Global firms advise on $300m Crudine Ridge Wind Farm... International firm hires veteran Chinese partners...
The head of Hogan Lovells’ IP practice in Asia Pacific and the Middle East says clients risk losing out on the benefits of artificial intelligence due to a lack of awareness.
Commenting on new research from the global law firm showing that AI will revolutionize trademark prosecution and enforcement over the next five years, Lloyd Parker says brand owners have an opportunity to use the technology to make efficiencies and savings.
"However, there is worrying lack of awareness about AI and businesses risk missing out on its benefits due to insufficient knowledge and investment in the new technology,” he said. “This is an area where all companies should be paying more attention and seeking out beneficial opportunities.”
The Hogan Lovells research reveals that time and cost savings are expected to be the biggest benefits of AI, which will also impact on trademark prosecution clearance searches, according to 93% of respondents.
They also believe that enforcement will be enhanced by AI, particularly when related to online infringement.
Asia is expected to see a rise in AI spend by 2023 but Europe’s businesses have trademark teams twice as large as those in Asia and the US and are therefore investing more.
Six of the top 10 jurisdictions in which brand owners experience the greatest challenges in trademark prosecution are in Asia, led by China although respondents acknowledge improvements there.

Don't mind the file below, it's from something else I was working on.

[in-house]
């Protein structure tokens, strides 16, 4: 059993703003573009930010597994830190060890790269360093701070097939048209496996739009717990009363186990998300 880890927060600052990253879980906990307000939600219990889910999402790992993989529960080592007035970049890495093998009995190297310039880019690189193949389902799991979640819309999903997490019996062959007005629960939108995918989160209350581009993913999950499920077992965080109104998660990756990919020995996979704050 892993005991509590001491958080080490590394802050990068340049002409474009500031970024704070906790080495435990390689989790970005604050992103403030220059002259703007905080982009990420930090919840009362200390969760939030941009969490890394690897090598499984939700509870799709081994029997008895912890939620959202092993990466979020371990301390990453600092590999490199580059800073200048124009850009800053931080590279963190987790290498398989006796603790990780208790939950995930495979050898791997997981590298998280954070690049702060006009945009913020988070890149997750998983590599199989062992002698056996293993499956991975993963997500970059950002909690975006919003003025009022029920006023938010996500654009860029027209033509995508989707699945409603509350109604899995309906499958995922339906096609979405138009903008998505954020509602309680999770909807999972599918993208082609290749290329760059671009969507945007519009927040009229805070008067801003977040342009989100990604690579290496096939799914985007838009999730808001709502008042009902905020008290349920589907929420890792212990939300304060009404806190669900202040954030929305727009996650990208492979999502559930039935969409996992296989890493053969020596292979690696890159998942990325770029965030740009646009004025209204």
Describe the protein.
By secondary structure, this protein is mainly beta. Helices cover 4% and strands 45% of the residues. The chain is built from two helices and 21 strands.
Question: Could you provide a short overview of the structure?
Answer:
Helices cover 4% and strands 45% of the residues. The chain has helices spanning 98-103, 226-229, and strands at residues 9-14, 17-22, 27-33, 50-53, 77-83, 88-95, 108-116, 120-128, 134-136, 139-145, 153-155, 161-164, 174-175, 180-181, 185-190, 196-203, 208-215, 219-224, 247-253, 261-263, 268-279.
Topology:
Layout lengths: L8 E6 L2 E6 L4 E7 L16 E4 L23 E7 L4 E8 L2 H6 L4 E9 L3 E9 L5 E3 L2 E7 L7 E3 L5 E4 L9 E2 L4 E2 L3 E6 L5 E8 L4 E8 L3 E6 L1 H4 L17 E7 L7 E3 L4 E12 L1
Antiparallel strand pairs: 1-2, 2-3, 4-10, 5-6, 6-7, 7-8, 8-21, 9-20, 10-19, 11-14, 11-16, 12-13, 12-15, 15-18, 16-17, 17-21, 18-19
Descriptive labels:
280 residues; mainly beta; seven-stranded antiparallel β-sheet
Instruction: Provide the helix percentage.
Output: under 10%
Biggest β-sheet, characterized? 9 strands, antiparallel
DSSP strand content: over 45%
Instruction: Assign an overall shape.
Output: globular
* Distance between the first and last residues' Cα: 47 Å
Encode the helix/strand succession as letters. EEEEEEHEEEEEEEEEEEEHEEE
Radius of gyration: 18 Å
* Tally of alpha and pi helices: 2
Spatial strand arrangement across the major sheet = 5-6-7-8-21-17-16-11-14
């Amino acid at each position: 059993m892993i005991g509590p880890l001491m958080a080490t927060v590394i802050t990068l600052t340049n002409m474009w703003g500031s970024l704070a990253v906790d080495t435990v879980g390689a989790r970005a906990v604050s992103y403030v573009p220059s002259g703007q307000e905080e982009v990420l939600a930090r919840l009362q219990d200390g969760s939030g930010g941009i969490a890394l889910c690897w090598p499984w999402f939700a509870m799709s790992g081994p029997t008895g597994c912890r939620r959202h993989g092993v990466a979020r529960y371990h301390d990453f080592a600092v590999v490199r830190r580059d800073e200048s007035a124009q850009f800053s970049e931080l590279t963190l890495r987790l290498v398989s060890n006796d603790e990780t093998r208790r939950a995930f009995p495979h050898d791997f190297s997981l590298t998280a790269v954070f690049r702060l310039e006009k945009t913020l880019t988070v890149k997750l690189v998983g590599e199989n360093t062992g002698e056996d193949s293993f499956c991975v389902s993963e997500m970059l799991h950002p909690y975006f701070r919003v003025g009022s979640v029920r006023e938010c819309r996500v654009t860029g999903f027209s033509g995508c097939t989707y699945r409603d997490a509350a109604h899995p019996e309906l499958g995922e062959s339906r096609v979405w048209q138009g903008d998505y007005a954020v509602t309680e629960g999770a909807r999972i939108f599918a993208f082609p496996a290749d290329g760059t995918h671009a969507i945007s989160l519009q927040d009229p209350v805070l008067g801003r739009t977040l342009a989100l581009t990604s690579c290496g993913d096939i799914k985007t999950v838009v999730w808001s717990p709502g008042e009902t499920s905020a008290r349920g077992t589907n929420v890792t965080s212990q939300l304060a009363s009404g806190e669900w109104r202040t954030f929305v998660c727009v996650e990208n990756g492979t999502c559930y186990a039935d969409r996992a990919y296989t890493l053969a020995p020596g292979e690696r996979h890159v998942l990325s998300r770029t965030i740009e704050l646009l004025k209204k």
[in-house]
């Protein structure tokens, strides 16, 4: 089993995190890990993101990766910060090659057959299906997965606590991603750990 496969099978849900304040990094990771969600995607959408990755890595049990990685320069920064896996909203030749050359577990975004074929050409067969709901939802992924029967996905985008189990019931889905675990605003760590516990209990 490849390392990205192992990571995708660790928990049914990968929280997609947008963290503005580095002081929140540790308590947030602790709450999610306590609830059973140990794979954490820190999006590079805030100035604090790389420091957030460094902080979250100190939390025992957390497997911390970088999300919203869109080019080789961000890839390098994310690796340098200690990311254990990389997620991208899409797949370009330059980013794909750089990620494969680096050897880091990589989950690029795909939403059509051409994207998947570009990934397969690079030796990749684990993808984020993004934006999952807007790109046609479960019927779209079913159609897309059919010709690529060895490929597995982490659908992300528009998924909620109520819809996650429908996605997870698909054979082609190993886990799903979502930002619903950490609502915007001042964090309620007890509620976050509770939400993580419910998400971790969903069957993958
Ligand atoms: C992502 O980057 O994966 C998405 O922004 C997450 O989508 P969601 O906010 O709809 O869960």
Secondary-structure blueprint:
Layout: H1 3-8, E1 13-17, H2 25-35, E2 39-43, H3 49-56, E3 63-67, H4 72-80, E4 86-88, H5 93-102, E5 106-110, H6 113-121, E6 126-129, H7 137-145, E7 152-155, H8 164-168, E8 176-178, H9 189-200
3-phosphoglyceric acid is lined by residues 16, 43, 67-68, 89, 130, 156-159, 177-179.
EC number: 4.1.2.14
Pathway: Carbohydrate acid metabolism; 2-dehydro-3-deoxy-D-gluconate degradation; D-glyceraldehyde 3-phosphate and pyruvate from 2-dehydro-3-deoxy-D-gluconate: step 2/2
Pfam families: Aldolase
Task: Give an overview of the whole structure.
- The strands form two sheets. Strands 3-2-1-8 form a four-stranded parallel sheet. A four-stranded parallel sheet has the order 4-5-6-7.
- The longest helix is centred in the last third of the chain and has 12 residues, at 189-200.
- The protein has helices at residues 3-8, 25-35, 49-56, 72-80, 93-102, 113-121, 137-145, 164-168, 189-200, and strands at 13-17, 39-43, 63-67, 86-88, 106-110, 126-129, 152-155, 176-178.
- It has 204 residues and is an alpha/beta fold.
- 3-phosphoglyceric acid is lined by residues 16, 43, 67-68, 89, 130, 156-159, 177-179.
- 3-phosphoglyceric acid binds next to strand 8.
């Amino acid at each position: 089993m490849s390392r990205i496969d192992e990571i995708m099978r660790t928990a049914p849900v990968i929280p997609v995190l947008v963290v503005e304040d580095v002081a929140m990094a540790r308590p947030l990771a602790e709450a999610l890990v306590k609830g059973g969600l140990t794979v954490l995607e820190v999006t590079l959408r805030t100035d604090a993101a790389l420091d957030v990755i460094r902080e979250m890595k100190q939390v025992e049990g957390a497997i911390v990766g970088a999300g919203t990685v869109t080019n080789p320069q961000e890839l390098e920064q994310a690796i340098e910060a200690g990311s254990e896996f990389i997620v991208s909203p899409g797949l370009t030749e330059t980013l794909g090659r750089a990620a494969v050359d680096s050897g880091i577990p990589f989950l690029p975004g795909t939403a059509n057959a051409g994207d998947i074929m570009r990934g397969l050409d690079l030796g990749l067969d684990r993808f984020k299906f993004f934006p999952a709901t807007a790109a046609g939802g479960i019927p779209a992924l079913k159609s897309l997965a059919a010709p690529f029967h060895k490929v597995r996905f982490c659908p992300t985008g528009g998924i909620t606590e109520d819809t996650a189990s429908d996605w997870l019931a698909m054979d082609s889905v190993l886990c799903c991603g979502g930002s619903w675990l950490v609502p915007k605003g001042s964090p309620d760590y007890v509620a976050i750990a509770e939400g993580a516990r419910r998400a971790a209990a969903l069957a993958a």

Global firms advise on $300m Crudine Ridge Wind Farm
A team from Norton Rose Fulbright has advised the sponsors involved in a new $300 million wind farm project near Mudgee, NSW.
The Crudine Ridge Wind Farm has been developed by leading renewables developer, CWP Renewables in conjunction with Partners Group; under their newly formed Grassroots Renewable Energy Platform.
Norton Rose Fulbright partner Jo Crew led the cross-practice project team which included lawyers from Melbourne and Sydney.
“We are pleased to have worked with CWP and Partners Group on delivering yet another bench-mark setting renewables project, having advised the same sponsors in 2016 on the 270MW Sapphire wind project,” commented Crew.
Clifford Chance advised Partners Group on the establishment of the AU$700 million Grassroots Renewable Energy Platform.
Partner Andrew Crook led the Sydney-based team.
"The renewables market is a hive of activity here in Australia, with investors seeing clean energy as an imperative to driving sustainable economic growth. This reflects what we are seeing across Asia Pacific and we are delighted to continue supporting Partners Group with their investments in this space," he said.
International firm hires veteran Chinese partners
Two veterans of the Chinese legal profession have been hired by international firm Perkins Coie in Beijing.
James M. Zimmerman and Scott J. Palmer will join the firm’s business and IP practices respectively, with three decades of experience in the market.
Both lawyers join from Sheppard Mullin Richter & Hampton LLP’s Beijing office. Zimmerman formerly led the office and is Chairman Emeritus of the American Chamber of Commerce in China.
“It’s a significant gain for the firm to welcome Jim and Scott, two esteemed lawyers who bolster our growing teams in Beijing and Shanghai,” said Michael House, Managing Partner of Perkins Coie’s Beijing office. “Their exceptional experience and impressive track records in China further our
ability to counsel our clients—particularly U.S. companies—in the transactional, regulatory, trademark, litigation and e-commerce areas.”